It's 1979 and a teenage girl is charmed by a man she meets in a disco. Before long, like Alice through the looking glass, she tumbles into a world of strange and frightening characters. Desperate to escape, she takes us into the darkness and out again, delivering her tale with wit, warmth and furious zest. Memoirs of a Suburban Girl is the cautionary tale of an everyday girl who makes a wrong turn.

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Praise for Memoirs of a Suburban Girl:

Harrowing but brilliant. Michelle Cazzulino, Daily Telegraph

The strong characterisation and narrative is brave, sensitive and compelling. You'll want to read whatever this new novelist offers next. Good Reading Magazine

Gritty and confronting - powerful stuff. Sunday Age

Kandelaars should be praised for this work, not only for her extraordinary writing, but for bringing attention to this issue that affects so many. Samantha Bond, InDaily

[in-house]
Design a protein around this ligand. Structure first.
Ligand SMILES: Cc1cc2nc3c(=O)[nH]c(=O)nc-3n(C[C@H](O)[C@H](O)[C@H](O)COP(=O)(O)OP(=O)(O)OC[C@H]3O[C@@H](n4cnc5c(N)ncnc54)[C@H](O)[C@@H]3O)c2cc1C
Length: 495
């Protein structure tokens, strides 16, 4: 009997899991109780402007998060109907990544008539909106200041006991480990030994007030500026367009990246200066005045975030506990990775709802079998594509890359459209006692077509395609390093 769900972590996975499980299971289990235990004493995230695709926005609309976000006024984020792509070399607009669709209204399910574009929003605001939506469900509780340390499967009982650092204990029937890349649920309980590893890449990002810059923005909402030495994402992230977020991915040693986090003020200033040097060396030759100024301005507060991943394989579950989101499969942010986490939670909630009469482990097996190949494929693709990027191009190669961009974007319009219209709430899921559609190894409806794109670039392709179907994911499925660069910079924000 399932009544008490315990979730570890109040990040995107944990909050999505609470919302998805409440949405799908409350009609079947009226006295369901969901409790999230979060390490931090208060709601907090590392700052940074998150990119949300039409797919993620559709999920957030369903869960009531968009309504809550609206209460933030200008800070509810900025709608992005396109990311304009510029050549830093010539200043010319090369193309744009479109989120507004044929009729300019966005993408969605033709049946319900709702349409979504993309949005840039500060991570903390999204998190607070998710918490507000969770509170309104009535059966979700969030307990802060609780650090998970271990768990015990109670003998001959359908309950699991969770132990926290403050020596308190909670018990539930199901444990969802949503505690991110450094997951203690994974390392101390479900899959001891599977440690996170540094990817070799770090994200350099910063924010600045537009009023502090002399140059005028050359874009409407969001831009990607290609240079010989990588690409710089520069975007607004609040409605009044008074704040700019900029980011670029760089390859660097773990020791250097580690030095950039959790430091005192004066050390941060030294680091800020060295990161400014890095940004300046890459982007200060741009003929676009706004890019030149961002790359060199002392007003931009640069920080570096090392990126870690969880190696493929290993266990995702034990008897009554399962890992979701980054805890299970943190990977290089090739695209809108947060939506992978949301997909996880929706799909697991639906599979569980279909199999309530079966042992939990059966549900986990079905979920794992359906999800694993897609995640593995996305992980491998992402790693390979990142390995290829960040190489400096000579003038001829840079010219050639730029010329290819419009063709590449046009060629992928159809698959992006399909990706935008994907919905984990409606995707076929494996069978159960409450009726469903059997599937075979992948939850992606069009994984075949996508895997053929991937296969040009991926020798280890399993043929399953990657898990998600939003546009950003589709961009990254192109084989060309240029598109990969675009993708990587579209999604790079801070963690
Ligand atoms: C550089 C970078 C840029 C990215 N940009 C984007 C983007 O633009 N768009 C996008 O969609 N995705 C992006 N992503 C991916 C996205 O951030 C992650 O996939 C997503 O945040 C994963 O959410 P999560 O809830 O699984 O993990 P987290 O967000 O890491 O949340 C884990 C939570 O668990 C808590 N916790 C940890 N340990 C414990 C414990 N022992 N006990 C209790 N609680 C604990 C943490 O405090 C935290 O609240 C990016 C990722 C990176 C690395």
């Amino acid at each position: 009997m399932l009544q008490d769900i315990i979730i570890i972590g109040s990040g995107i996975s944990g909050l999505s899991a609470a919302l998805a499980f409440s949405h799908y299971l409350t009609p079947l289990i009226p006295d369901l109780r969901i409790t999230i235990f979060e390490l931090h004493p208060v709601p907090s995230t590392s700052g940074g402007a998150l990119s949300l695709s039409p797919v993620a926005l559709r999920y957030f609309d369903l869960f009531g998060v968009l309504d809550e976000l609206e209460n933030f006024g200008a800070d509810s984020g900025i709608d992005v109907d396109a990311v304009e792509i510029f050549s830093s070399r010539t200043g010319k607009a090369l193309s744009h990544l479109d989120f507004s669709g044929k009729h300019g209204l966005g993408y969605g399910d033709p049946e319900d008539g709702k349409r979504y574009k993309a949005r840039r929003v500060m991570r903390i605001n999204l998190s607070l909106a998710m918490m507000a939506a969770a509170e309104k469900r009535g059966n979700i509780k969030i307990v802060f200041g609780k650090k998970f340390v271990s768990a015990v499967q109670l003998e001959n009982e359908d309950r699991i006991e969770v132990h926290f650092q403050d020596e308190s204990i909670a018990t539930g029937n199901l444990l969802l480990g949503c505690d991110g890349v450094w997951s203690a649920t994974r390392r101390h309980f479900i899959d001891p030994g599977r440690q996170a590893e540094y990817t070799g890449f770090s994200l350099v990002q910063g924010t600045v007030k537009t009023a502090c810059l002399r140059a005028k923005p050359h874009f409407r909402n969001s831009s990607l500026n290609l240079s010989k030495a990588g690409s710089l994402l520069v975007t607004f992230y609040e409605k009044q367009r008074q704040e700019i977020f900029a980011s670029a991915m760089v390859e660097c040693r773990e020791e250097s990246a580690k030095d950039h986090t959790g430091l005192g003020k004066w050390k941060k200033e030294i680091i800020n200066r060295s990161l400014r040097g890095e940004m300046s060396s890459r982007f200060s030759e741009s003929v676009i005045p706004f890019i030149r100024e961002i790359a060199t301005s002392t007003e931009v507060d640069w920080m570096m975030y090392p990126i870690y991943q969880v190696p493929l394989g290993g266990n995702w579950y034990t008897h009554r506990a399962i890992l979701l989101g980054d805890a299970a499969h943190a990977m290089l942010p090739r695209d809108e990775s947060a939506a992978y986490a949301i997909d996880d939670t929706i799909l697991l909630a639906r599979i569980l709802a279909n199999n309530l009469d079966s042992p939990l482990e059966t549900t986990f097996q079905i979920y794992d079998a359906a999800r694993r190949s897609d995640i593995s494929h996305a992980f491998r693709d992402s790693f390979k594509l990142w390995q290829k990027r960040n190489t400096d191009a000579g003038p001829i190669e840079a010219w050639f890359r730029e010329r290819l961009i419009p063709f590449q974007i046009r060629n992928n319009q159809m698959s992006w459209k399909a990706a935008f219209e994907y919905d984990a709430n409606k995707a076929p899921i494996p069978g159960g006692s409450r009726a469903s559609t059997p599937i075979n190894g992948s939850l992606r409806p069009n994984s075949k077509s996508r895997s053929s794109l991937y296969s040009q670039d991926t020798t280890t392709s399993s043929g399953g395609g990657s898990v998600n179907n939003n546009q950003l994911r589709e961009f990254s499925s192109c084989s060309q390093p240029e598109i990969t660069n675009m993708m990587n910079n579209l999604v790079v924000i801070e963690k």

A gritty and gutsy look at the role of the bully and victim. Chronicle, Toowomba

Riveting, disturbing and utterly compelling. South Coast Register

Impossible to put down...highly recommended for everyone. Lisa Hill, ANZ Litlovers

Poetically powerful and emotionally invigorating...this is Puberty Blues with bite. Bonzer

Ever since I first saw material from this book I knew it was something astonishing. Deb takes the reader safely into a place where she herself was never safe. This is a very big achievement. Peter Bishop, Varuna, The Writers' House

The author's humour-against-the-odds, terrific ear for idiom and lively storytelling make this a story of unsettling appeal, unexpected laughs and great warmth. Judges' comments 2010 Adelaide Festival Awards for an Unpublished Manuscript (shortlisted)